Saul Morris

What are your responsibilities as Director of Programme Services?

The Programme Services Team is a group of about thirty-five technical professionals who support both the design and implementation of the projects which GAIN is involved in. We have three big areas of work. Firstly, we are continuously refining and deepening the strategic thinking behind each of GAIN’s programme areas. Secondly, we contribute to quality assurance of GAIN’s projects, working tirelessly to promote impact, sustainability, and scalability of our interventions. Thirdly, we try to encourage layering and cross-referencing of projects so that the whole of GAIN’s work adds up to more than the sum of the parts. 

We only lead the implementation of projects in countries where GAIN does not have a country office, but we support all of GAIN’s work. As leader of this team, I support all of my staff and am accountable for technical quality in project design. I represent our group on the Senior Management Team.

What are the most rewarding aspects of your work?

It is all rewarding! What could be better than seeing the coming-to-life of a project which has the potential to change the lives of thousands of vulnerable people? I get a big kick when we hit any of our three goals: impact on the people who desperately need better food systems, sustainability, when we either support business models that work or when governments step in to ensure long-term financing for a great idea, and scale, when we see something that we started on a small scale grow much bigger. Of course, if we can get a hattrick of all three, that makes my week (month, even)!

Saul Morris, GAIN

Saul Morris is the Director of Programme Services, and is based in the GAIN office in London. © GAIN

What are the most challenging aspects of your role?

It is challenging to have to work within the constraints of a non-profit organisation. Sometimes, there are things that we want to do that would require us to operate differently. We might want to back a really risky or long-term initiative, that none of our funders have the appetite for. Or we might want to employ talent from the private sector that cannot be reconciled with our salary scales as a non-profit organisation. Or perhaps we might want to do a business deal directly which would sit very awkwardly on our accounts. We have lots of imagination and lots of great ideas, but not all of them are possible to implement as a foundation.

What inspires you to do the work you do on a daily basis?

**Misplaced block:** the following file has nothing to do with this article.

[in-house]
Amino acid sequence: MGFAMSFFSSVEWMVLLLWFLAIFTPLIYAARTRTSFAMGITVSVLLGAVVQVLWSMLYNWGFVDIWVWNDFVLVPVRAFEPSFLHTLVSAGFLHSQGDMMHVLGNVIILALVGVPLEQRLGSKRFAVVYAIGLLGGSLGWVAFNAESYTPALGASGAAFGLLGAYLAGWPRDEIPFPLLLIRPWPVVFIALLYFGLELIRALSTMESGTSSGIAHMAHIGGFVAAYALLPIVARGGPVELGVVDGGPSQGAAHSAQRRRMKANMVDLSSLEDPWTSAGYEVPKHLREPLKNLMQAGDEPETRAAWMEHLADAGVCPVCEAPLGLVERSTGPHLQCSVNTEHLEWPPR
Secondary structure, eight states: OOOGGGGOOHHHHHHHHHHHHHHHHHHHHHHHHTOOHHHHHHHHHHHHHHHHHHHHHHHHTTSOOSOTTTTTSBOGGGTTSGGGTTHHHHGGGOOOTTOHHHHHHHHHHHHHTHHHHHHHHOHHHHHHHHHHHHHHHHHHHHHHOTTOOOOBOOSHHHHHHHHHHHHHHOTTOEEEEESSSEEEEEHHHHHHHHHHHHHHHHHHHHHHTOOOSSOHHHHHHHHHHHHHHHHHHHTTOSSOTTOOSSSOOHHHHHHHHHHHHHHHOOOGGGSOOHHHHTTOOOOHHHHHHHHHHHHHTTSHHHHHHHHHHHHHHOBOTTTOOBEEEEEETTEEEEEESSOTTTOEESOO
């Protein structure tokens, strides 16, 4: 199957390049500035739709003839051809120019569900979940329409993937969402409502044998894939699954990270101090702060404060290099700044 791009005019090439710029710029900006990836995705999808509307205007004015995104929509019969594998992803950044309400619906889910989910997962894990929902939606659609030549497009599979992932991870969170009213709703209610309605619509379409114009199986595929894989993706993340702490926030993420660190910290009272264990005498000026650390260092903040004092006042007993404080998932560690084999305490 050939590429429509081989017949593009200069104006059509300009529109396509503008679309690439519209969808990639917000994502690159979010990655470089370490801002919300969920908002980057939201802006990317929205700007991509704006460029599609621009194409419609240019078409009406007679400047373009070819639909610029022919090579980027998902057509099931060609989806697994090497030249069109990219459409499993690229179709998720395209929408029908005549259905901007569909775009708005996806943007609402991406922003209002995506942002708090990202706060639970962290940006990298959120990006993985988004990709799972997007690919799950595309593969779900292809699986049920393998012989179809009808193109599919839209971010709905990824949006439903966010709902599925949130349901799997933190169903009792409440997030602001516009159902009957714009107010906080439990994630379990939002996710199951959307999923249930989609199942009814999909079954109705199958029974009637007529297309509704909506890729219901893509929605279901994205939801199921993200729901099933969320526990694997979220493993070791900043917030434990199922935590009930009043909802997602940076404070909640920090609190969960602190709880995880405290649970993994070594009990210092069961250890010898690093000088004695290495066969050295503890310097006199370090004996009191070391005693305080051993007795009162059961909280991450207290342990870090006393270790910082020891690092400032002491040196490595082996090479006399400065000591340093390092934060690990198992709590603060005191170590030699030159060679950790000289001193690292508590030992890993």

I am inspired by the people that I meet when I travel. Most of all, by the people who have all the cards stacked against them in some of the world’s most resource-constrained environments, but somehow still manage to come up with solutions. But also by the young professionals I meet who are so amazingly competent and creative. 

In my first job in northern Ghana, we hired village high-school graduates who went around on bicycles interviewing local families for research. Years later, I saw their names as first authors of academic papers in leading global journals. I hope there will be many more of these over the rest of my career.

In your view, what are the most challenging aspects of working in partnerships? How can these be overcome?

If you find people interesting, partnerships are a delight, not a challenge. The ones that are persistently challenging are just… not the right partnerships. All the other challenges can be overcome with a dose of humour.

Which pieces of advice would you give to a young graduate who wants to build a career in the global health and/or development sector?

Learn a functional skill. You can pick up global health/development later, but first and foremost you need to be able to do something that the sector needs. We are screaming for more food technologists, management accountants, web designers, commercial strategists, and the like. If you just have an undergraduate degree in development studies, we will struggle to know what to do with you. 

What is your greatest achievement in this role so far?

It sounds very prosaic, but I am proud of having designed a set of processes which enable the different parts of our organisation—technical specialists, country-based implementers, knowledge leaders, and finance professionals—to come together, co-owning and co-managing our projects. Overcoming organisational silos is tough!